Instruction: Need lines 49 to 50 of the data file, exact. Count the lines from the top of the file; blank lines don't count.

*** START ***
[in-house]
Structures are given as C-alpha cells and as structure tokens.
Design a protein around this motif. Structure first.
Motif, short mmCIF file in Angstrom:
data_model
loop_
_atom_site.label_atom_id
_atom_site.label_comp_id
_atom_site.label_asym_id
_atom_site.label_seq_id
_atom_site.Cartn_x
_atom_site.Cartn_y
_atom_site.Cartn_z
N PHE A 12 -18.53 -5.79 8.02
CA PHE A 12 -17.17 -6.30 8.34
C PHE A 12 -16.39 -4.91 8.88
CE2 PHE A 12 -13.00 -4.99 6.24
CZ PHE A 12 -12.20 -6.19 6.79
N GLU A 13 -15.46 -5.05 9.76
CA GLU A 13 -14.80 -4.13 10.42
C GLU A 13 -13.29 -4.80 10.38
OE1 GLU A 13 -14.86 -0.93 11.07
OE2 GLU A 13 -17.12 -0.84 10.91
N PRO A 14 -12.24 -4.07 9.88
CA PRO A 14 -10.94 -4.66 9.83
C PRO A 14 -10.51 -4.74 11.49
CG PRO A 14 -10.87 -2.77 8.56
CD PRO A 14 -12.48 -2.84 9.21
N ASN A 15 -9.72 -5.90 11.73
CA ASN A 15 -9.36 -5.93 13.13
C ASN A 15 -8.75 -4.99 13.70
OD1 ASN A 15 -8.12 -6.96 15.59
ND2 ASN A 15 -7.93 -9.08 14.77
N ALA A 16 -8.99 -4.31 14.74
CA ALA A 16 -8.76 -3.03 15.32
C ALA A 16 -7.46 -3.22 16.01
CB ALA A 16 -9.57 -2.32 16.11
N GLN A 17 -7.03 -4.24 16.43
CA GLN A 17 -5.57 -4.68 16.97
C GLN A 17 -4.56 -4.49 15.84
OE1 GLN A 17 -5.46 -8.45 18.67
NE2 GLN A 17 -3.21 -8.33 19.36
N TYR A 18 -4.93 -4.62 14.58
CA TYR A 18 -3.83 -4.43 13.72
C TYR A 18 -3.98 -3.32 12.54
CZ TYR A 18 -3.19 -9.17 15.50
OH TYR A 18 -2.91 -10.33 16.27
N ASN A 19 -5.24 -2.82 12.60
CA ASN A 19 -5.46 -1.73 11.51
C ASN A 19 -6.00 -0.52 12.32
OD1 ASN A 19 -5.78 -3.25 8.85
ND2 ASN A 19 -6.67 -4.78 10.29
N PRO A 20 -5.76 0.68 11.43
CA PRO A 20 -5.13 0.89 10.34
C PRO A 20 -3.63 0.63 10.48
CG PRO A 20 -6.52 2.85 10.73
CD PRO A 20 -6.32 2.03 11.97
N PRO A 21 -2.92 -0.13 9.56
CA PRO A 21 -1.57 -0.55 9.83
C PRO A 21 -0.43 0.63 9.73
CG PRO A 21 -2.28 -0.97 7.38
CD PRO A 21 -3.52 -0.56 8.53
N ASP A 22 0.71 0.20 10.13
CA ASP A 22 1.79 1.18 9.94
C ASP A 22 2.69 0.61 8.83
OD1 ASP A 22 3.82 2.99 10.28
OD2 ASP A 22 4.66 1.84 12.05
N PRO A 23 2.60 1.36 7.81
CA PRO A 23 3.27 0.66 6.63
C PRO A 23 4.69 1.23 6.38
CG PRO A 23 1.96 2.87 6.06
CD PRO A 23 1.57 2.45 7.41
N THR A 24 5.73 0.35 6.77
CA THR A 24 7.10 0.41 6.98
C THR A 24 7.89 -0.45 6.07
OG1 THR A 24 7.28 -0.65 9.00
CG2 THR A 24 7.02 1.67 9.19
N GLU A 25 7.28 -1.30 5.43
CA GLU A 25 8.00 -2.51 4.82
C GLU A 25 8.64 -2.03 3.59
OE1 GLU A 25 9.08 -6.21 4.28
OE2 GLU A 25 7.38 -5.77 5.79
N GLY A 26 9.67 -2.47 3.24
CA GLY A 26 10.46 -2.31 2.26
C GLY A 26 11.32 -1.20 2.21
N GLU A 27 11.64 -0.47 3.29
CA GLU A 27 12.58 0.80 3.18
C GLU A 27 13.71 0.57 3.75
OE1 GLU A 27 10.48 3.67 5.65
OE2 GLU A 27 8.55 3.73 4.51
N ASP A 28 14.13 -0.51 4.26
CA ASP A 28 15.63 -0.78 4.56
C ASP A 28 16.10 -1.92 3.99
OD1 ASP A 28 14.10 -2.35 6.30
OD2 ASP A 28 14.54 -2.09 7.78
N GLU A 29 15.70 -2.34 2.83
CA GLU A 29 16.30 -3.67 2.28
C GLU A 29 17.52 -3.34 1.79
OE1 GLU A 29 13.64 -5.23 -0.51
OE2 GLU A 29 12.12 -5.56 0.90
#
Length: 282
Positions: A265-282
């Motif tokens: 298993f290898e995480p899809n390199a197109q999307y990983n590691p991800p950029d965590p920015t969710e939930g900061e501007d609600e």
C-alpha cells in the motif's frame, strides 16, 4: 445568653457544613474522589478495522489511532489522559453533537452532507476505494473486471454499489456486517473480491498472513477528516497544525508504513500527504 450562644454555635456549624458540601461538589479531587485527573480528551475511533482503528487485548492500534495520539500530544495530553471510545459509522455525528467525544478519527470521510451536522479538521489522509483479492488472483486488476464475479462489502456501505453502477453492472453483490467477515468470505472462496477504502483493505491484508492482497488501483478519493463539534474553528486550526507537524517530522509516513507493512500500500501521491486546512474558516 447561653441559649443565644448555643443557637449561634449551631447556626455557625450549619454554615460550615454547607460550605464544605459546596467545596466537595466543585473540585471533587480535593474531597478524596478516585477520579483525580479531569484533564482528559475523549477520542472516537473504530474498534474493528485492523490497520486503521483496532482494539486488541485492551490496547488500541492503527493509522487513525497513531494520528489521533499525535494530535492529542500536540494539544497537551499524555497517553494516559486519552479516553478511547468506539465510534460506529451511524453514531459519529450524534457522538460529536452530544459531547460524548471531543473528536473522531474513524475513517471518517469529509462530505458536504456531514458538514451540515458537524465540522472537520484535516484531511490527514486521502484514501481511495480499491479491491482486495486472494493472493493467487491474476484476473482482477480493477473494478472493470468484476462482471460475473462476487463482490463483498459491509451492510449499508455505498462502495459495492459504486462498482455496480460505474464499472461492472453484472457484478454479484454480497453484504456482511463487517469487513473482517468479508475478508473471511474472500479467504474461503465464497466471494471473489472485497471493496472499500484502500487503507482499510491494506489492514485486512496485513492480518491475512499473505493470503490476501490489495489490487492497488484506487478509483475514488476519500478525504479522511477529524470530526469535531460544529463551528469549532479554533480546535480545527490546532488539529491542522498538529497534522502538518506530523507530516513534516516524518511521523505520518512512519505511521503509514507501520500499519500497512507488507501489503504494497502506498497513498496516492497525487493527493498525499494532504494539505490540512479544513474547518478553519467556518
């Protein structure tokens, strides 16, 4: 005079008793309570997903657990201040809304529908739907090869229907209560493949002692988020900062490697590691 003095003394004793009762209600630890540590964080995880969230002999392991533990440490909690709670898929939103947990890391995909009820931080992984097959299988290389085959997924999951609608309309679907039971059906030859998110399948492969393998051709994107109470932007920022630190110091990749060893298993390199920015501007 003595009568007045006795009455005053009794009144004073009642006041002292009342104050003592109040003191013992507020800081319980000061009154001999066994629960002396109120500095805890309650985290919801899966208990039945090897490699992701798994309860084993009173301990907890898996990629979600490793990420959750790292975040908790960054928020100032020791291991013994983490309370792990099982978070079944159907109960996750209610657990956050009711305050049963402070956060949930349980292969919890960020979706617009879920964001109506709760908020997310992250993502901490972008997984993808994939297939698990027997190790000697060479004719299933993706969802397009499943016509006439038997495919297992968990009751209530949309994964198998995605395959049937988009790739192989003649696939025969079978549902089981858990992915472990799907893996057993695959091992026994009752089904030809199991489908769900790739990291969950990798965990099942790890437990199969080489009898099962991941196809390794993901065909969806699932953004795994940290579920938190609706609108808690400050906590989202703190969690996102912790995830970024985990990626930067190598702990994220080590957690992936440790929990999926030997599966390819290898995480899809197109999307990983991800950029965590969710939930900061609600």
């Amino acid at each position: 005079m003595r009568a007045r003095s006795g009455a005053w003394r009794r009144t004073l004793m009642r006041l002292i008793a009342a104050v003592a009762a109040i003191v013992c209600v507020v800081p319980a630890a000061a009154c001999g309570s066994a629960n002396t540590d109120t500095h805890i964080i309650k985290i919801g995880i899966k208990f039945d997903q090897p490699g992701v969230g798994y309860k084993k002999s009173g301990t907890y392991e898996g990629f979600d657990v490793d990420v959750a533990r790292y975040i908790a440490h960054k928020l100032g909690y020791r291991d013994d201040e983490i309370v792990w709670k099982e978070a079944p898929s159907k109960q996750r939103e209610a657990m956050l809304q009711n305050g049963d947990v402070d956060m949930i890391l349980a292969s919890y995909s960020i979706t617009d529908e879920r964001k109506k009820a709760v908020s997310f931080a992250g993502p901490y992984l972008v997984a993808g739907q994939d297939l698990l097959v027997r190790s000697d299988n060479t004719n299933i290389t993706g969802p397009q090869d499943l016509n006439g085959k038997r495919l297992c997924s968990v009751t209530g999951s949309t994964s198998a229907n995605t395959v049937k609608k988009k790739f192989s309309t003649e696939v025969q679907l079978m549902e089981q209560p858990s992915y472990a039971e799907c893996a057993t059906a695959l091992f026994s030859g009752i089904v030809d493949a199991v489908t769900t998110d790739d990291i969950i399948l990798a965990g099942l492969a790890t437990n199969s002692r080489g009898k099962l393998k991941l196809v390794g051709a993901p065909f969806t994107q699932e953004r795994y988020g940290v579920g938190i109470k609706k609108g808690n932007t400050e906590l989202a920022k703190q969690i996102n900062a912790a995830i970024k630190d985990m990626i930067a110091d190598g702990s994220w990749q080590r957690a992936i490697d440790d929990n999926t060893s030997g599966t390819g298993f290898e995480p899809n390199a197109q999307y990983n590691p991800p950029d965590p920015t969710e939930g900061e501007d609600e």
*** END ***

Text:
CA ASN A 19 -5.46 -1.73 11.51
C ASN A 19 -6.00 -0.52 12.32